Inner model theory

In set theory, inner model theory is the study of certain models of ZFC or some fragment or strengthening thereof. Ordinarily these models are transitive subsets or subclasses of the von Neumann universe V, or sometimes of a generic extension of V. Inner model theory studies the relationships of these models to determinacy, large cardinals, and descriptive set theory. Despite the name, it is considered more a branch of set theory than of model theory.

ExamplesEdit

  • The class of all sets is an inner model containing all other inner models.
  • The first non-trivial example of an inner model was the constructible universe L developed by Kurt Gödel. Every model M of ZF has an inner model LM satisfying the axiom of constructibility, and this will be the smallest inner model of M containing all the ordinals of M. Regardless of the properties of the original model, LM will satisfy the generalized continuum hypothesis and combinatorial axioms such as the diamond principle ◊.
  • HOD, the class of sets that are hereditarily ordinal definable, form an inner model, which satisfies ZFC.
  • The sets that are hereditarily definable over a countable sequence of ordinals form an inner model, used in Solovay's theorem.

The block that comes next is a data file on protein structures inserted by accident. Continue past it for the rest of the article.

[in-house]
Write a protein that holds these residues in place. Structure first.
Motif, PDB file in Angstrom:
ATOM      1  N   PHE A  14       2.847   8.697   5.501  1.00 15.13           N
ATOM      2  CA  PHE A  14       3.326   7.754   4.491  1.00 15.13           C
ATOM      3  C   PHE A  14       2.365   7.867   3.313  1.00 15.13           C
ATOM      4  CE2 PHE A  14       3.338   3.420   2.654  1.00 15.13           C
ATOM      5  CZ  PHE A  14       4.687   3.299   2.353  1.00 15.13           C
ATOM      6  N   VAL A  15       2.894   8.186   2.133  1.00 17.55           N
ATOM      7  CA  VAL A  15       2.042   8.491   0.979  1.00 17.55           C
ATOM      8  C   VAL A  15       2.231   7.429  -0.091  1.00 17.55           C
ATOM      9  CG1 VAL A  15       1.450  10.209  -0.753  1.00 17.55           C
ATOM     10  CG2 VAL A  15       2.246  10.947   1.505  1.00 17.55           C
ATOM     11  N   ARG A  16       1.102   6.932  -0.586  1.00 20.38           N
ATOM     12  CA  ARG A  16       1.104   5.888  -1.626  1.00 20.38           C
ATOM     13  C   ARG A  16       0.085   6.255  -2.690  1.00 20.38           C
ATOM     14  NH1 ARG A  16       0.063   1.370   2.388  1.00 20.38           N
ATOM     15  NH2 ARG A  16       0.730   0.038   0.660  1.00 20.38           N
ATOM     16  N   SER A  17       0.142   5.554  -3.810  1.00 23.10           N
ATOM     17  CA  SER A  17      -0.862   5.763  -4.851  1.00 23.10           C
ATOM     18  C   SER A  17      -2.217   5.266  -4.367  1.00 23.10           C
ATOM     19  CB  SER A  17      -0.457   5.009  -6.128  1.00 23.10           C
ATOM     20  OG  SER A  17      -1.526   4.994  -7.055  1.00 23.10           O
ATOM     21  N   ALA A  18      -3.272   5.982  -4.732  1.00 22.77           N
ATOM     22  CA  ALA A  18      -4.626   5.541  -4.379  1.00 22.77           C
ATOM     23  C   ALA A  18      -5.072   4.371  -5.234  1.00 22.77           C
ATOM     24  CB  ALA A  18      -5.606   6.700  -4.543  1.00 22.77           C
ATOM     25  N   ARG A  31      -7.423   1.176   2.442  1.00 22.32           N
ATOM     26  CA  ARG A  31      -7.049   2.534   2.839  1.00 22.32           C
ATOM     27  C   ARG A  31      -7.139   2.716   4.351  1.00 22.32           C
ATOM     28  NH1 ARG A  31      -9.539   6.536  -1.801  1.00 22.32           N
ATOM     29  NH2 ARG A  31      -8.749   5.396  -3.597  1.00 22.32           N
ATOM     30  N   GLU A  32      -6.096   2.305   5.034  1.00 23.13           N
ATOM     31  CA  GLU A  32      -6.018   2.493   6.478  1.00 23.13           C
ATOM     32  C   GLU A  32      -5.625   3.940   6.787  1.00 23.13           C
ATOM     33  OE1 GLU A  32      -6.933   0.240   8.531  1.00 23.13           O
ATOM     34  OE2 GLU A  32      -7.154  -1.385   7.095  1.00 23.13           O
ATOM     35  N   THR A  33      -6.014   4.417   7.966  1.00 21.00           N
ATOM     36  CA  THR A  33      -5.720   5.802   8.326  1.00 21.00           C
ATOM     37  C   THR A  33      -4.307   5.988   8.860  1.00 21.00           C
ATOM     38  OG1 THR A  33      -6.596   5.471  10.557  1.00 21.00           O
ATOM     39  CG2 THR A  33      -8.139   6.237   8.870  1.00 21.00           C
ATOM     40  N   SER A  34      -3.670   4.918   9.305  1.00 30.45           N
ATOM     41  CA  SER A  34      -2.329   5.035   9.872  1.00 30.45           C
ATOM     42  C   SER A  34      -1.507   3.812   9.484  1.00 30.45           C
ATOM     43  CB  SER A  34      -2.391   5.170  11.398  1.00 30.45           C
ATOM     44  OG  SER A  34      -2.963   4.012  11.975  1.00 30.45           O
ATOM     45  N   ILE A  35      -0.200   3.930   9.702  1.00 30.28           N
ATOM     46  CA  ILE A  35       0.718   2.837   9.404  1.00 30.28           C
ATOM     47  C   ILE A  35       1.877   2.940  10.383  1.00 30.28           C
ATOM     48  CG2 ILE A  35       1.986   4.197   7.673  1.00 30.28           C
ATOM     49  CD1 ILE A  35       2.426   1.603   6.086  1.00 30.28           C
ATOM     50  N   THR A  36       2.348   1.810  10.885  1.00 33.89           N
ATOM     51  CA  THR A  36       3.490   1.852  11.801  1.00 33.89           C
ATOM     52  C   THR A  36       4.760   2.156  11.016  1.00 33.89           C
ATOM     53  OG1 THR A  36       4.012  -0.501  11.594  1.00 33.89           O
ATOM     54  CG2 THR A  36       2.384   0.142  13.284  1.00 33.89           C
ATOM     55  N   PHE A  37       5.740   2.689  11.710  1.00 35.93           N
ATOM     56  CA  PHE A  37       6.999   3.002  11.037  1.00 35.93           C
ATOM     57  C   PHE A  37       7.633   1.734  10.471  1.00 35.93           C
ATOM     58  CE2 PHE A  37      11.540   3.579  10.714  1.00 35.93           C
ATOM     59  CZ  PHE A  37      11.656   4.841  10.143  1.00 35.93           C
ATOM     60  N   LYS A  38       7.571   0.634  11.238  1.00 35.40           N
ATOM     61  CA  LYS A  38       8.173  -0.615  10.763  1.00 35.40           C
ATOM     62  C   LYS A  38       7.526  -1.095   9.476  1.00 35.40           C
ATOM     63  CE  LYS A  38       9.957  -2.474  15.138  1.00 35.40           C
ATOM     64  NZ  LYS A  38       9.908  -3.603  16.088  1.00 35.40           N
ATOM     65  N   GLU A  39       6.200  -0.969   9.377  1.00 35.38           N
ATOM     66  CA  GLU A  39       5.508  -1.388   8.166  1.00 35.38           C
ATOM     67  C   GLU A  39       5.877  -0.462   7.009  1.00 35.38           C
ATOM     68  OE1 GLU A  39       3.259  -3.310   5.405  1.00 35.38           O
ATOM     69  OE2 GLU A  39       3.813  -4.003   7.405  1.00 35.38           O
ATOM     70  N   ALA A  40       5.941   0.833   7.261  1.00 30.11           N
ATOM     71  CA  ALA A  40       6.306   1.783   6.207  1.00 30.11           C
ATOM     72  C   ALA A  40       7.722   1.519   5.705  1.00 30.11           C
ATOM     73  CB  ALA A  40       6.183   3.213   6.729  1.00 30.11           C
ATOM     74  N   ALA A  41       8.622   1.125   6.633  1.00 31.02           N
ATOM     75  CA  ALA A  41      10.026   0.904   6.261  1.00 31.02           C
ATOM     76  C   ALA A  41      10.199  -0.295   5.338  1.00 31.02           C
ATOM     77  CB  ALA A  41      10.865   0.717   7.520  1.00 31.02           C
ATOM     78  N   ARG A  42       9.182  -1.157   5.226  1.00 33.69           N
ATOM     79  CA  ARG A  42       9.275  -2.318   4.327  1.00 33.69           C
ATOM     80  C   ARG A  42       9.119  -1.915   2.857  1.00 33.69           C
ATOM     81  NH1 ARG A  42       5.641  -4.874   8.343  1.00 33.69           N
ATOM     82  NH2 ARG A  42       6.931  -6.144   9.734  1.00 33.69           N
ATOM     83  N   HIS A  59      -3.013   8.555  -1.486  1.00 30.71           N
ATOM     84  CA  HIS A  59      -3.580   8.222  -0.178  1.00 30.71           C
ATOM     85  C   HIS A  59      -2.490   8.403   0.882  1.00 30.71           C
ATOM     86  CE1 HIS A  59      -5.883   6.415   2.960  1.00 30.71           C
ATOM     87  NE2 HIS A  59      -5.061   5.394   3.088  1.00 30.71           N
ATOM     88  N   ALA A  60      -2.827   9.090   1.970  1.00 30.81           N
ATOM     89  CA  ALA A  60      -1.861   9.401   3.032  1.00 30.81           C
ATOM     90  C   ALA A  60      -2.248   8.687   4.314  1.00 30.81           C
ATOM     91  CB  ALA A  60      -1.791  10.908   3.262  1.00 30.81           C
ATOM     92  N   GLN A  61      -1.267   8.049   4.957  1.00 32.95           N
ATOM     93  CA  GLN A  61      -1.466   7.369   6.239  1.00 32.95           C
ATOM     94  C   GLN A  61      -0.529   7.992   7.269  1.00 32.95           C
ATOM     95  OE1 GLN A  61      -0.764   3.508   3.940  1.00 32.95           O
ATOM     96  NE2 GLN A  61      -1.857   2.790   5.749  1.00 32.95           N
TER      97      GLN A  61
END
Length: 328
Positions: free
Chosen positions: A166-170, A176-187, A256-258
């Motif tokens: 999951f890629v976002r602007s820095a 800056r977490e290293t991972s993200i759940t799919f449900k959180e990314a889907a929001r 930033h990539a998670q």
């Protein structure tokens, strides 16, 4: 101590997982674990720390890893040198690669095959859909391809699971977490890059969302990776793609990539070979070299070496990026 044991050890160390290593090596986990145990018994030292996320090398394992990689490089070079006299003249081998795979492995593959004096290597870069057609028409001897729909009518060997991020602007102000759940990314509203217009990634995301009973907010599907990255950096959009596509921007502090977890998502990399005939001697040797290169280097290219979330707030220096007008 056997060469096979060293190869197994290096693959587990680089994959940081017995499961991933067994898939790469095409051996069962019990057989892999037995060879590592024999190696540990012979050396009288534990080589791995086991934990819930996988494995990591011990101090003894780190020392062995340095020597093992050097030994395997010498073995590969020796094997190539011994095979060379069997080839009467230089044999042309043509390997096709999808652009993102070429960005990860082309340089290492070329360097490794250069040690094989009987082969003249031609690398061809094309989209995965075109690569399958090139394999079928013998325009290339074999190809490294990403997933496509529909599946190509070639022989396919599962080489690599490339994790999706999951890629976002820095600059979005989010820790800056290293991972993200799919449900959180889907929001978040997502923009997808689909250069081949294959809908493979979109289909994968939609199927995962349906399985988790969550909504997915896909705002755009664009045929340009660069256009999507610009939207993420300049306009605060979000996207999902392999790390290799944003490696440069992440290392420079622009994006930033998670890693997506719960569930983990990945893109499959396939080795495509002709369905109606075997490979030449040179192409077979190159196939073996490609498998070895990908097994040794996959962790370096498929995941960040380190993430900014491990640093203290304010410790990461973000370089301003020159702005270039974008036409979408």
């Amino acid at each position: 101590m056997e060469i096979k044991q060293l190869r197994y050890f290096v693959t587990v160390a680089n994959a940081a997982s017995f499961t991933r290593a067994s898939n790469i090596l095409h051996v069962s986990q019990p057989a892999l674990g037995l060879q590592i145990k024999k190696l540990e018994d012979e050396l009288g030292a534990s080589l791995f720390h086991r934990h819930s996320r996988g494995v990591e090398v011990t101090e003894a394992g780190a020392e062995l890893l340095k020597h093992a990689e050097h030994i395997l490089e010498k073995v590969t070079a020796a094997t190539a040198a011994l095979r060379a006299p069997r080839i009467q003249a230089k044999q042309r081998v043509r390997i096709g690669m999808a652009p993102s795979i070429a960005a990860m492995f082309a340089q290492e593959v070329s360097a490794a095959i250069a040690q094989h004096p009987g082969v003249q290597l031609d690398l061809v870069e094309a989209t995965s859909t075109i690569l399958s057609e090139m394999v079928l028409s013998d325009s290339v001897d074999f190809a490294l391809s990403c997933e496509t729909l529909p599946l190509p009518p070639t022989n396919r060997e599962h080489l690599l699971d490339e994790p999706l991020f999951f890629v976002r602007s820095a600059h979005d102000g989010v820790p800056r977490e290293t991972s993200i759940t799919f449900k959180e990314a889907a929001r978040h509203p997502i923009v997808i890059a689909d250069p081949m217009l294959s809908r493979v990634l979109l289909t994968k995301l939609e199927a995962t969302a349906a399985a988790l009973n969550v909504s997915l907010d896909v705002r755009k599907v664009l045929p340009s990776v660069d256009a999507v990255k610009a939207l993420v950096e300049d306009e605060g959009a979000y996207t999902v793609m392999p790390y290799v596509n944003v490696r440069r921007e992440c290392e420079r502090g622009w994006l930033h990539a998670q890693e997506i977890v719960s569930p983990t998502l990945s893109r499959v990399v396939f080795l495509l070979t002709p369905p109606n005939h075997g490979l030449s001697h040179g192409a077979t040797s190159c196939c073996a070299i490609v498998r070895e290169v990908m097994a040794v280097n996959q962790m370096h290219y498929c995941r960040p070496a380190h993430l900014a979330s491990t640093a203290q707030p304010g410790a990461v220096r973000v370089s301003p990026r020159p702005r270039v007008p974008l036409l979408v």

• L(R), the smallest inner model containing all real numbers and all ordinals.
  • L[U], the class constructed relative to a normal, non-principal,  -complete ultrafilter U over an ordinal   (see zero dagger).

Consistency resultsEdit

One important use of inner models is the proof of consistency results. If it can be shown that every model of an axiom A has an inner model satisfying axiom B, then if A is consistent, B must also be consistent. This analysis is most useful when A is an axiom independent of ZFC, for example a large cardinal axiom; it is one of the tools used to rank axioms by consistency strength.

ReferencesEdit

  • Jech, Thomas (2003), Set Theory, Springer Monographs in Mathematics, Berlin, New York: Springer-Verlag
  • Kanamori, Akihiro (2003), The Higher Infinite : Large Cardinals in Set Theory from Their Beginnings (2nd ed.), Berlin, New York: Springer-Verlag, ISBN 978-3-540-00384-7

See alsoEdit